Reflection of the Cathedral of Saint Savas in Belgrade, Serbia

Serbia Where East and West intersect

Over the past three decades, the people of Serbia have seen considerable political upheaval: the breakdown of the Socialist Federal Republic of Yugoslavia, the wars that followed, Serbia's international isolation by the international community, and finally Montenegro's separation from Serbia in 2006 and the declaration of independence by the Province of Kosovo in 2008. Since 2000, the country has been undergoing a transition towards a market-oriented democracy.

Straigth to
The Freedom Bridge across the Danube near Novi Sad, Serbia

The Serbian government is facing complex political, social and economic challenges. They include shortcomings with regard to the rule of law, as yet inadequate implementation of the Paris Agreement, widespread poverty, which is particularly common among disadvantaged groups, and brain drain.

In January 2014, the EU and Serbia entered into accession negotiations. The precondition for this had been the conclusion of an agreement on the normalisation of relations between Serbia and Kosovo in 2013. While many countries, including Germany, have recognised Kosovo's independence, Serbia continues to refuse to do so.

German development cooperation with Serbia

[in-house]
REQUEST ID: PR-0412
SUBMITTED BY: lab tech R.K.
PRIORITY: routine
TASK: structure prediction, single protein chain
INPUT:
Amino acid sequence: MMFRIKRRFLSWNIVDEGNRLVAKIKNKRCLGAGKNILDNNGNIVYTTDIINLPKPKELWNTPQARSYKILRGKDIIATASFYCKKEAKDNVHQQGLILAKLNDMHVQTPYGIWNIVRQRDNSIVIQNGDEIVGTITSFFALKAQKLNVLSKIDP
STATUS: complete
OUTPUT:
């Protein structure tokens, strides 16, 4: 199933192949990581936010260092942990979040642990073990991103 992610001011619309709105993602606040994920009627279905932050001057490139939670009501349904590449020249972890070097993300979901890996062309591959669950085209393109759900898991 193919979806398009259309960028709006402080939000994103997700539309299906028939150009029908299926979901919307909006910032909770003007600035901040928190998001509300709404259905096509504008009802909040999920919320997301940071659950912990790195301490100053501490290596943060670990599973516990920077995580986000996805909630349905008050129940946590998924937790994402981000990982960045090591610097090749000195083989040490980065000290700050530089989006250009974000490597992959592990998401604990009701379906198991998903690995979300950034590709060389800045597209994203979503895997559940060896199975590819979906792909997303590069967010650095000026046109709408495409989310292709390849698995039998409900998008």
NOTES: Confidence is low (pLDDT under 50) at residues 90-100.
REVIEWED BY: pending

Niels Annen, Parliamentary State Secretary at the Federal Ministry for Economic Cooperation and Development (right), and Gojko Stanivuković, State Secretary at the Ministry of Finance of the Republic of Serbia, during the signing of a Memorandum of Understanding on Future Development Cooperation

Serbia plays a key role in ensuring political stability in South-Eastern Europe and is the central partner country for German development cooperation in the region.

Since it began in 2000, Germany's cooperation with Serbia has undergone a gradual change. Whereas, after the wars in the region, the main emphasis was initially on emergency aid measures, cooperation now pursues the overarching goal of assisting Serbia in preparing for EU integration. The core areas of cooperation are “Sustainable economic development, training and employment” and “Climate and energy, just transition”. Climate action plays an important role in both core areas, and cooperation in that field is being increased.

At the government negotiations in October 2021, the two sides also agreed to enter into a climate partnership. Of the 285 million euros committed at the negotiations, about 200 million has been earmarked for climate-related projects. The climate partnership is intended to assist the country in drafting and implementing its climate policy in line with the goals of the international climate agreements and with the commitments that are part of the EU accession process, especially under Cluster 4 (Green Agenda and Sustainable Connectivity) of the negotiations. After Serbia's most recent progress on climate, it was possible to open that Cluster in December 2021.

The activities focus on the key issues addressed by Serbian-German cooperation: